Eats, History, M's, Major Leagues

Rays v. Blue Jays

The first issue here is why this team is called the Tampa Bay Rays. The ballpark, Tropicana Field, aka “The Trop,” is located in St. Petersburg, which is not Tampa. Yes, the nearby water is Tampa Bay, but still, seems like St. Pete got the short end of the stick.

But on closer inspection, maybe not. The Trop is the only non-retractable dome in the Bigs and, with the exception of the old Seattle Kingdome, is the worst big league ballpark in creation. As you can see from this panorama, there isn’t a hint of the outdoors once you enter. It feels like a convention hall. Maybe St. Pete is smart to keep its name out of it.

Take another look, especially at the white roof. Following a fly ball with that background and the lights requires special powers, which apparently not all the Rays have, as evidenced by the high pop fly hit by a Toronto batter in the ninth that had everyone on the Rays from the third baseman to the right fielder calling for it. It dropped in front of the third baseman for a double (credit the hustling Blue Jay). OK, not really a double – scored as an error – and, to be fair, maybe the Rays could see the ball, but it hit part of the roof structure and ricocheted. Where else does that happen?!

The Jumbotron, such as it is, is partially obstructed by structural features. The separate display of batter stats is behind a walkway, so you have to guess at some of the numbers depending on how many fans are headed to the restrooms.

And another thing. Never have I seen the grounds crew dragging the infield “grass” as they did here. I guess it is important to get that artificial turf headed the right direction before the game starts. Only the Trop and Rogers Centre in Toronto still have artificial turf, so these two teams were on equal footing (get it?).

Now to the game. Blue Jays lead off man, Curtis Granderson, one of my favorite players, got them off to a good start with a double to center. Two sac flies later and he’d scored the first run. When the Rays changed pitchers to start the third, lefty Granderson was replaced by a righty to face the new left-handed pitcher.

Three former Mariners played in the game, two for the Jays: journeyman first baseman/DH Kendrys Morales and pitcher J. A. Happ. Happ didn’t have his good stuff (just like in Seattle) and took the loss with a ball/strike ratio close to 50/50. Morales made an error on what should have been a double play to allow a run.

The Rays ex-M’s fortunes were better, with Chris Miller belting a two run homer in the 8th to put the game away at 6-2.

I’ve been puzzling for a while over the custom, after a strikeout, of the catcher throwing the ball “around the horn” before getting it back to the pitcher. Most often, it goes from catcher to third to short to second and back to third, who throws it to the pitcher. Occasionally the catcher will go the other way to first, second, short and third. It is always the third baseman to delivers it back to the pitcher. Some say this got started as a way for players to demonstrate their ball handling skills. It just seems to be a strange artifact in today’s game.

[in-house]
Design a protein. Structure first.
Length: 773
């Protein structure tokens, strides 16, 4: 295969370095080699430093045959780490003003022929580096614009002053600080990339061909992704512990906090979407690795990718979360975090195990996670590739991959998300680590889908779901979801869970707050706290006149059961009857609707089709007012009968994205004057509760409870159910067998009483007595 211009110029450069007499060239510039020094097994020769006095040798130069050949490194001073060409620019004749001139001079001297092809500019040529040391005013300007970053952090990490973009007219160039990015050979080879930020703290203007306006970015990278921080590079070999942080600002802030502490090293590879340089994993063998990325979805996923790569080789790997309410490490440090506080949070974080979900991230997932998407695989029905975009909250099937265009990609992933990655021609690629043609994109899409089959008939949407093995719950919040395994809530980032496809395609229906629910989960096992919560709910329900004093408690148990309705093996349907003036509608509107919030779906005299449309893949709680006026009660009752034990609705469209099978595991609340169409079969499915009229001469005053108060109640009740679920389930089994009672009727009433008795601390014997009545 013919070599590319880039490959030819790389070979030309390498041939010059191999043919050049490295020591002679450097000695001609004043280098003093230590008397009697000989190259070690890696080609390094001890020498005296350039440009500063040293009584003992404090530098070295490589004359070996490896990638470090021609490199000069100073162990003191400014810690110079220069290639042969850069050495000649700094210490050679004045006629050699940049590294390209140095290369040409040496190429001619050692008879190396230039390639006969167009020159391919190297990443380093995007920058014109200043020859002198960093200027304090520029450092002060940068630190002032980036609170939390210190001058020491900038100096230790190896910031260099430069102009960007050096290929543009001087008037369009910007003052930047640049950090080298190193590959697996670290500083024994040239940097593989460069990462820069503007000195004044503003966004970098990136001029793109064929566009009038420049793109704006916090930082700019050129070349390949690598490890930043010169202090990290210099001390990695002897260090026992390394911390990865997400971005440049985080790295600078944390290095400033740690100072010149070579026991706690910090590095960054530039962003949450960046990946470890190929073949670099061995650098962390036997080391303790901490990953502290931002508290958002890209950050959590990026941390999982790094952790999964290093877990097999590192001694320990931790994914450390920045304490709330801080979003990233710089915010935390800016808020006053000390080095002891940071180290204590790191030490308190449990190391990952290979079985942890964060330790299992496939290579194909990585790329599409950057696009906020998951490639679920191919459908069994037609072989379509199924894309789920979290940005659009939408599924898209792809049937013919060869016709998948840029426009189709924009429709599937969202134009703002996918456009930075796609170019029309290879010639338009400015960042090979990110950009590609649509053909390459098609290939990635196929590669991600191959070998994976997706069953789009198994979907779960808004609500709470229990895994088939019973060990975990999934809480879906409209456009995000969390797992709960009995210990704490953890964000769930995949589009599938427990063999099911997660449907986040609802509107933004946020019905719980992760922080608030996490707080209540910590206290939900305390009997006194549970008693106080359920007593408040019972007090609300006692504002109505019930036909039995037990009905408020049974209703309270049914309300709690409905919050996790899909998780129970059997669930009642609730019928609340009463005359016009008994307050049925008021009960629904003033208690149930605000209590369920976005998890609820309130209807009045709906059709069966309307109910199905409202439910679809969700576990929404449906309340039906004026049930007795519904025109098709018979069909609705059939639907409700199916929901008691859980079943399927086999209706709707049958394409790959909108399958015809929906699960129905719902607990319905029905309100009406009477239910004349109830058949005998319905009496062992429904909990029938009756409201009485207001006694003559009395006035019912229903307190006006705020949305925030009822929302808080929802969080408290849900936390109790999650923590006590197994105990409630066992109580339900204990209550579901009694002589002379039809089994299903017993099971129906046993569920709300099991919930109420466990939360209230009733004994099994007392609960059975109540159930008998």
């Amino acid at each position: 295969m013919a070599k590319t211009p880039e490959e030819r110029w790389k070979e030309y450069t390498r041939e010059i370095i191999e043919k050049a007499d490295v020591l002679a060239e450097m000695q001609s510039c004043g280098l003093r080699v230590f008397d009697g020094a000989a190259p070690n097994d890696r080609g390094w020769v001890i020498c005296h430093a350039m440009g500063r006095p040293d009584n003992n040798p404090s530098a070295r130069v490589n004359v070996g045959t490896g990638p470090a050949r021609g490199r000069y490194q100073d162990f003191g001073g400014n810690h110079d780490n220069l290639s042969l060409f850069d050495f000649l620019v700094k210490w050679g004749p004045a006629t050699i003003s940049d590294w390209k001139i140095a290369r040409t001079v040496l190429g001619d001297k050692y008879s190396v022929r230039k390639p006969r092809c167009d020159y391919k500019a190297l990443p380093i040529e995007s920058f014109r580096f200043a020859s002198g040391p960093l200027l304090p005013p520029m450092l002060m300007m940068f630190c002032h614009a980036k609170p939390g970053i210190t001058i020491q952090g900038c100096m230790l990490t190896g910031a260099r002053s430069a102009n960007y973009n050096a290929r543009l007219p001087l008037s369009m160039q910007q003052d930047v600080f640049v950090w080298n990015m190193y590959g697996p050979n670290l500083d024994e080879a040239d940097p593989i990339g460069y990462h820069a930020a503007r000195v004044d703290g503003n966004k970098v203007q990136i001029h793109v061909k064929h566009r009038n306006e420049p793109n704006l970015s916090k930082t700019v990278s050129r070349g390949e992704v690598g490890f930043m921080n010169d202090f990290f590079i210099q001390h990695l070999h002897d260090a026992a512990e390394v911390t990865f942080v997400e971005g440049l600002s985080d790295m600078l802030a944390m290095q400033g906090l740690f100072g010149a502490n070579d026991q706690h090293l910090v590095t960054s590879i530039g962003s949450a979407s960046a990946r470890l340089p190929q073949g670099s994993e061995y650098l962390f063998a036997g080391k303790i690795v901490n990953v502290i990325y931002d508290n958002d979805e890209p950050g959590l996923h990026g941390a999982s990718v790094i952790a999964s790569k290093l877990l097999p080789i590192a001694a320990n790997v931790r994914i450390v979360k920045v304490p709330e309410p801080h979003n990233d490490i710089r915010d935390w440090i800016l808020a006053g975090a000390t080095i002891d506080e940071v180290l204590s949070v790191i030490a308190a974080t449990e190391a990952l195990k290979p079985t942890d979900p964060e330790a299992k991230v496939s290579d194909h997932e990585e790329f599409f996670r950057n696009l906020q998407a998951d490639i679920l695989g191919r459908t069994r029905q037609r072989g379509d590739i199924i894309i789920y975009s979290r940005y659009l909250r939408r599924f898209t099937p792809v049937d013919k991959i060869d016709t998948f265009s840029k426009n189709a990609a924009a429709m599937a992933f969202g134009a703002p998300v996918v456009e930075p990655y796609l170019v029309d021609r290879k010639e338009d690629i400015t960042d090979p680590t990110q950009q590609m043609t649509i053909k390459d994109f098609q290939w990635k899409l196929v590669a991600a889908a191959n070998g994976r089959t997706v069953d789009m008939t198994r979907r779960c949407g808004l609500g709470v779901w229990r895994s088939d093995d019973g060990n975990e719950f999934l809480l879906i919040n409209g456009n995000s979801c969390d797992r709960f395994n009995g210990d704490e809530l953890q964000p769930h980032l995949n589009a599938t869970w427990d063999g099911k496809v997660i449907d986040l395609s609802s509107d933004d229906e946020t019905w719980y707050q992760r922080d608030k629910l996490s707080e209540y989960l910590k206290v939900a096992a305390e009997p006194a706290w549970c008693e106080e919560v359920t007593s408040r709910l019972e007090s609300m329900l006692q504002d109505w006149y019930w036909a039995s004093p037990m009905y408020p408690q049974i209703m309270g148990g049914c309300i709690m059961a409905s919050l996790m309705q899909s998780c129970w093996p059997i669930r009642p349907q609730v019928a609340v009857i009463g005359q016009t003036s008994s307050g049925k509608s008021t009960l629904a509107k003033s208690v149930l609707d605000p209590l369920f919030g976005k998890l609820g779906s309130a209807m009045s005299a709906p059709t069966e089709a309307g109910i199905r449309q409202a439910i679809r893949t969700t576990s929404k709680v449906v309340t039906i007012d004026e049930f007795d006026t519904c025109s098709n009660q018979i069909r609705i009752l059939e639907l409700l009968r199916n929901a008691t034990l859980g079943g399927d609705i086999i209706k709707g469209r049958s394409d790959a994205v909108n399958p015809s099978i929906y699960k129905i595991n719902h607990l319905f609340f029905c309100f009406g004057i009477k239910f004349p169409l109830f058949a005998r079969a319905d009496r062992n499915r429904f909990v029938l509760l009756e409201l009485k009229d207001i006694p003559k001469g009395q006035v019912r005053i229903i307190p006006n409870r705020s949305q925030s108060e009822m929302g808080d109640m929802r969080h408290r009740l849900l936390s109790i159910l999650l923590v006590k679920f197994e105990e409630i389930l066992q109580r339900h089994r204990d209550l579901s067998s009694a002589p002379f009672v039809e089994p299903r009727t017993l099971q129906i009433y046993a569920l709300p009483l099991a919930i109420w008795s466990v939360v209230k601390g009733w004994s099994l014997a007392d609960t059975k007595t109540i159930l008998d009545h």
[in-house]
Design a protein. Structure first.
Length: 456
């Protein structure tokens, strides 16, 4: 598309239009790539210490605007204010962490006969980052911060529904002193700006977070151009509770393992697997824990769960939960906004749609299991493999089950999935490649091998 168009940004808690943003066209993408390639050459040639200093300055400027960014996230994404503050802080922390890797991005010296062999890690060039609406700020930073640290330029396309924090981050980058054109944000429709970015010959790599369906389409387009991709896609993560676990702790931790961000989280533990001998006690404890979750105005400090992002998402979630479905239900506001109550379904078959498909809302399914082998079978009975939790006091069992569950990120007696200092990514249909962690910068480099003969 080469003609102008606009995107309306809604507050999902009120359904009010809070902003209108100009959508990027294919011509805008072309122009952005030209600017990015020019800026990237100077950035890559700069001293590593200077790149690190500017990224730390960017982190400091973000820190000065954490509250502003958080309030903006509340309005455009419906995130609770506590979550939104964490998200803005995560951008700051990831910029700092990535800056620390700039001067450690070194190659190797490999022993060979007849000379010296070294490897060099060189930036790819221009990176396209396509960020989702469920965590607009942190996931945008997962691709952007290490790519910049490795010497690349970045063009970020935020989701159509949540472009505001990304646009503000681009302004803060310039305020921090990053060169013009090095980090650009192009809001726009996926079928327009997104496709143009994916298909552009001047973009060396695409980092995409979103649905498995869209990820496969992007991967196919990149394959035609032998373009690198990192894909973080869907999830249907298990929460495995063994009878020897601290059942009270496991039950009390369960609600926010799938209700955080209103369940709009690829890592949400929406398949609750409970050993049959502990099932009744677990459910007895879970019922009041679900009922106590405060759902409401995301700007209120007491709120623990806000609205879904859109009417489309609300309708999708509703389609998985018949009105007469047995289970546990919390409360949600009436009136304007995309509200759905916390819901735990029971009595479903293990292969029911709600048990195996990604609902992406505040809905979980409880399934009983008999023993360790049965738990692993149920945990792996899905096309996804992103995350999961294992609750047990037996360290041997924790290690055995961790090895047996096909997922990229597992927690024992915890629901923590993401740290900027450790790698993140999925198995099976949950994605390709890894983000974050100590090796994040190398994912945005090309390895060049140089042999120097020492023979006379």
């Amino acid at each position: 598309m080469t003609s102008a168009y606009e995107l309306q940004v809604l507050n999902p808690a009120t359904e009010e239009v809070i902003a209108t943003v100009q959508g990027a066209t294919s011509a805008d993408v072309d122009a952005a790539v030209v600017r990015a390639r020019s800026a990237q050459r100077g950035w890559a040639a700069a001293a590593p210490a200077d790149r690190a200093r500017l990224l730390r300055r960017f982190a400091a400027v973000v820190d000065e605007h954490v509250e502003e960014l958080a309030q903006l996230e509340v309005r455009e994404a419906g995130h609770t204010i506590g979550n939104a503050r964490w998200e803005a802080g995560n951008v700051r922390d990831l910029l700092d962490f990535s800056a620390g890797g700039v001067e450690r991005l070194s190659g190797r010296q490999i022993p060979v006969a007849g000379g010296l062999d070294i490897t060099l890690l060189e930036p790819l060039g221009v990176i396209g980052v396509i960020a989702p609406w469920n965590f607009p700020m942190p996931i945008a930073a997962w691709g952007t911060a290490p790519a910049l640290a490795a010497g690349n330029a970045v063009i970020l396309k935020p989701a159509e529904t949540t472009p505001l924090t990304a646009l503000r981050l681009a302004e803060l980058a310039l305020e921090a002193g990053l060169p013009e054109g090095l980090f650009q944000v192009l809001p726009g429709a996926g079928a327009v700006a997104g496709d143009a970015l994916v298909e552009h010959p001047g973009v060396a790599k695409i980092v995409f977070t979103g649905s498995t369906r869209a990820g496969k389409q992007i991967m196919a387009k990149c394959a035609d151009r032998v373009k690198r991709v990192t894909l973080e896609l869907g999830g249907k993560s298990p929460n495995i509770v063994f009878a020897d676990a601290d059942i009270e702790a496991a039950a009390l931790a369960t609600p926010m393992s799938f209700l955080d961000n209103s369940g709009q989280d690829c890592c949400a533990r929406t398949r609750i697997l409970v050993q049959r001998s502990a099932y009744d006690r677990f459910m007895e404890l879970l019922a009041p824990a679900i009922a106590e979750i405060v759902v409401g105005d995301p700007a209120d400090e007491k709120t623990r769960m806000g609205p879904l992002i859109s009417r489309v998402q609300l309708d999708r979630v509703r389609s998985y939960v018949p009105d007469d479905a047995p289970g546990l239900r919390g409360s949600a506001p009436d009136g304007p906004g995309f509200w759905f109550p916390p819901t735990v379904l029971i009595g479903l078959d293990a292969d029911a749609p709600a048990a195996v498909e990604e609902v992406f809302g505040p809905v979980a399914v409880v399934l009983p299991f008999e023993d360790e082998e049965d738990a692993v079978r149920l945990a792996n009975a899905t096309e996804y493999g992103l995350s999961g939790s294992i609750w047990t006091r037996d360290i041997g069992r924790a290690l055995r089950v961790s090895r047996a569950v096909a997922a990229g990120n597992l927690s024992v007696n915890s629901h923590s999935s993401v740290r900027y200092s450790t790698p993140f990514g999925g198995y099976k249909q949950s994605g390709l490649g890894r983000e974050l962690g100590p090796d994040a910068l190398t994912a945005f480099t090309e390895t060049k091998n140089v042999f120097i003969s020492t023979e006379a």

And then there was food. The Trop features the usual variety at the usual big league prices. There was one variation – a stand that featured Indian style script and one dish called “chicken tikka,” which I took to be the Indian staple, though I didn’t try it. I also didn’t see any obviously Indian fans. I should have had the tikka, because the mac and cheese I did have was terrible. All (old) mac and very little cheese. Saved only by some hot sauce and dill relish from the condiment table.

History, M's, Major Leagues, Rants

Mariners Opening Day 2018

I normally write only about games I attend in person, so this post is an exception, since I watched the game on my TV. Likewise, there is usually travel involved, and for this one there wasn’t (unless you count the trips from the couch to the fridge). Also, I try always to include some pictures, but who wants a picture of my TV screen (your TV is probably bigger than mine – no, I will not comment on the relative size of anyone’s nuclear button!). So, sorry about the broken rules and unobserved norms, but I’m old and not as well behaved as I used to be.

For reasons I cannot fathom, I feel compelled to write as a member of that subset of the wretched of the earth, namely, Mariners fans. So if you do not suffer from that affliction, what follows may be of little interest. It is both a love letter and a rant.

The first point has to be that the M’s won their 2018 opening game at home against the very good Cleveland Indians and their Cy Young winner, Corey Kluber. It was a very good game (final score 2-1) and puts the M’s in a tie for first with (among others) the World Series champion Houston Astros. That probably won’t happen again this year, but it may stave off mathematical elimination (which we often fear will happen by May 1 [yes, I know, that cannot really occur (except in a strike-shortened season), but anyone who follows the M’s knows the feeling]) for a day or two.

King Felix Hernandez started the game (his 10th straight opening day start, 11th overall) and I was curious to see how he’d do. He clearly was not the M’s best pitcher last year (that was James Paxton), and he had an injury-shortened spring training, so the decision to start him was based more on nostalgia than analytics. Felix also no longer has the same stuff he did in earlier years. But he is adapting by changing speeds and locations and messing with batters’ expectations. He threw too many three ball counts, but got lucky and allowed no runs. The key for him in retaining his royalty will be staying healthy – it is a long season.